Assistance offered to residents of troubled Little Rock apartment complex


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Little Rock, Arkansas – The city of Little Rock, in collaboration with the court-appointed receiver of the Big Country Chateau apartment complex, is stepping up to provide aid to the remaining residents. Deputy City Attorney Alan Jones made a revelation on Thursday, announcing that the city and the receiver are presenting a dual offer to the tenants: rental assistance that could last up to six months and a financial boost of $1,000 to cover moving expenses.

Since June, the city has held a firm objective in mind: relocating all residents from the Big Country Chateau and subsequently shutting down the establishment. City Housing Director Kevin Howard, during a Wednesday interview, provided insight into the number of occupants. He noted that while there were 24 units inhabited in early August, that figure has now dwindled to 17.

In a court appearance on Thursday, Jones and Cody Kees, the legal representative for Texas-based receiver Sal Thomas, were present to apprise the presiding judge about the ongoing efforts to reposition tenants and ascertain the necessity for a further report. “Jones said all parties agreed another update should be presented to the court in 30 days.”

Sal Thomas has been at the helm of the apartment complex since February, responsible for collecting rent and utility payments from tenants. Since assuming the management of Big Country Chateau, Thomas hasn’t evicted any residents nor has he sought new leases for unoccupied units. However, he did express concerns via circuit court documents, highlighting that only a small portion of tenants have consistently made their rent and utility payments in recent months. An alarming figure was brought to light in a report filed by Thomas on Aug. 23 — a staggering $187,548 was owed in delinquent rent from the remaining tenants, with July collections from five residents only totaling $2,711.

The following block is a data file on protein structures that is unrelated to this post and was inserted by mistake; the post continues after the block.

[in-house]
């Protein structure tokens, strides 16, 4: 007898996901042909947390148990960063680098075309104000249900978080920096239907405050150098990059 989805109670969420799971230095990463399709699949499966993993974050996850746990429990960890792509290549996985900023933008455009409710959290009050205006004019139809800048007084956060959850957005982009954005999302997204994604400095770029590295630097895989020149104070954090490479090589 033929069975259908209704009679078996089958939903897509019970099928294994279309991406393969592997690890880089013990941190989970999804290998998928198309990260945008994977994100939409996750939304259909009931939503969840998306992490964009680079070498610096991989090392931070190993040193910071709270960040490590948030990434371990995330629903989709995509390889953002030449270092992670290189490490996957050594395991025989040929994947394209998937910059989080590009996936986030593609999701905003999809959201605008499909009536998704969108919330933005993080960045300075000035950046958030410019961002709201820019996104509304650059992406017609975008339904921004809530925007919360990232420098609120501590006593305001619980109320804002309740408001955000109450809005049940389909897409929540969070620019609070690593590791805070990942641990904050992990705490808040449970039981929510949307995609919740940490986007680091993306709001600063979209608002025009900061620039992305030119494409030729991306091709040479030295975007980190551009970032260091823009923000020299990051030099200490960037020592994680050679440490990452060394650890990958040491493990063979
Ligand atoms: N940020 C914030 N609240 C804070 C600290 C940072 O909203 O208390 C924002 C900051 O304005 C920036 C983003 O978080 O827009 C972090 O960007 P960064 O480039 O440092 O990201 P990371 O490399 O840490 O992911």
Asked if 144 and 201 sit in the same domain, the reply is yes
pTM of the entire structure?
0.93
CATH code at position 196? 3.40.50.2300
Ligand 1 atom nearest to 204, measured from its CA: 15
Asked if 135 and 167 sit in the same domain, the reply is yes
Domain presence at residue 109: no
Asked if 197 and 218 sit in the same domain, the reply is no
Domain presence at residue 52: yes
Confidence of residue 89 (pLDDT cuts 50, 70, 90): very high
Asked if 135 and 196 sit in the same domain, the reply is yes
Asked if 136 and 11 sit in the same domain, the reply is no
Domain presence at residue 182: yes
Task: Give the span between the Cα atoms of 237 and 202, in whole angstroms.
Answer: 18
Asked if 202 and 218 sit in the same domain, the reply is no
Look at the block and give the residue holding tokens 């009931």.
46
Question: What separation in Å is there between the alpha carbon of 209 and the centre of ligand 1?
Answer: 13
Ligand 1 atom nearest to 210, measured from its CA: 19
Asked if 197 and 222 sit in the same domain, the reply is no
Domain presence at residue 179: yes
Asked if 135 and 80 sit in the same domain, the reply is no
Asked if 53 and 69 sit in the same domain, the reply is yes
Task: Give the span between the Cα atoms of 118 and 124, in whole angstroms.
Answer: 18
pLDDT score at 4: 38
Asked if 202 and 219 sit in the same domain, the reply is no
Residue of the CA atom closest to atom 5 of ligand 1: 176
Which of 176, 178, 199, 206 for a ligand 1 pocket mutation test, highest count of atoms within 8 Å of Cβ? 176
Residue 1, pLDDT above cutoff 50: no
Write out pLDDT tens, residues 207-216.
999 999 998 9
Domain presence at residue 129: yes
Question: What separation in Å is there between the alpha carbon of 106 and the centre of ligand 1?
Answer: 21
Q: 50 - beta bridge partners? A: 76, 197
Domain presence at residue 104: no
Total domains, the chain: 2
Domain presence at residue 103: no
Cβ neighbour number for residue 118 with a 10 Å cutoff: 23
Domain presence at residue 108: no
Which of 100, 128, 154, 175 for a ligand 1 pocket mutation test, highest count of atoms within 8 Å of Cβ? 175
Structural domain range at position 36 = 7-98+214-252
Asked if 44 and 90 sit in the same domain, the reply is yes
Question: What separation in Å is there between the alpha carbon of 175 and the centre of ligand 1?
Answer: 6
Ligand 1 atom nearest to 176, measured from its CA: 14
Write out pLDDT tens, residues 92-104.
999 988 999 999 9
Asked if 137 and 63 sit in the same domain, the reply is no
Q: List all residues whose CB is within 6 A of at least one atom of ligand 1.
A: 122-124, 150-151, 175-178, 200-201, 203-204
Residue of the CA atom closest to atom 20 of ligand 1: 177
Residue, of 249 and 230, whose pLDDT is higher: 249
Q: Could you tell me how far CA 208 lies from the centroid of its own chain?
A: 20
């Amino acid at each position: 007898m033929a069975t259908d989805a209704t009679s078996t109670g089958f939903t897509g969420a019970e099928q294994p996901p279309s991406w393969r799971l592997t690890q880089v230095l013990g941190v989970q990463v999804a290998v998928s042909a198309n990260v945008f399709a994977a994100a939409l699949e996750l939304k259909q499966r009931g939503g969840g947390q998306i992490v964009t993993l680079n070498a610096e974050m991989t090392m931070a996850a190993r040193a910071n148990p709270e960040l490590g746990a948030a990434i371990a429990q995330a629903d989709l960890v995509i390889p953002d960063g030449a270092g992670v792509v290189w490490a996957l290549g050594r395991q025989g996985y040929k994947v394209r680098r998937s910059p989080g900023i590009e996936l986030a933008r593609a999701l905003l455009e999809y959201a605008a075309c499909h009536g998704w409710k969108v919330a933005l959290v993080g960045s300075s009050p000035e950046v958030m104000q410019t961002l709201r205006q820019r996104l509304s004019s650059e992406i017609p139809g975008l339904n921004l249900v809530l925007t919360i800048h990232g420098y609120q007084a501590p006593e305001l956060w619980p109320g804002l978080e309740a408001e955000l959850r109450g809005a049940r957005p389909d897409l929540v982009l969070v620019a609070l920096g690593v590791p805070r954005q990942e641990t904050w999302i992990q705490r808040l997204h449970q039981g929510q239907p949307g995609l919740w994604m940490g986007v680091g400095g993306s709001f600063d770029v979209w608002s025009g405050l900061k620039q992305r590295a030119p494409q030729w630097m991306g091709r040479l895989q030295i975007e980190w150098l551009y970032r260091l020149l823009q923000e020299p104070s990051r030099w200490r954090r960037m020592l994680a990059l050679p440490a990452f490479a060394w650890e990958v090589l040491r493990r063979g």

The endeavor to secure new housing for the tenants of Big Country Chateau has met with several challenges. Kevin Howard elaborated on some of these challenges, explaining that a few tenants have specific accessibility needs due to physical disabilities. Meanwhile, others have past records of evictions or convictions, which potential landlords uncover during background checks. “If someone’s working check to check, it can be hard to pay those fees,” remarked Howard, emphasizing the city’s commitment to inspect each new unit and offer rent assistance for up to six months once tenants manage the application fee.

Lending a helping hand in this relocation process is 100 Families, an initiative part of the local nonprofit Restore Hope. They are working in tandem with the city to aid Big Country Chateau residents in their move. Kevin Howard also shed light on another helping entity: the Housing Authority of Little Rock, often recognized as the Metropolitan Housing Alliance. They are actively assisting in relocating tenants who are beneficiaries of public housing aid. Furthermore, in a collaborative gesture, the city has joined forces with a moving company to facilitate the transfer of tenants’ possessions, while Sal Thomas is generously chipping in with “$1,000 per household in moving expenses.”


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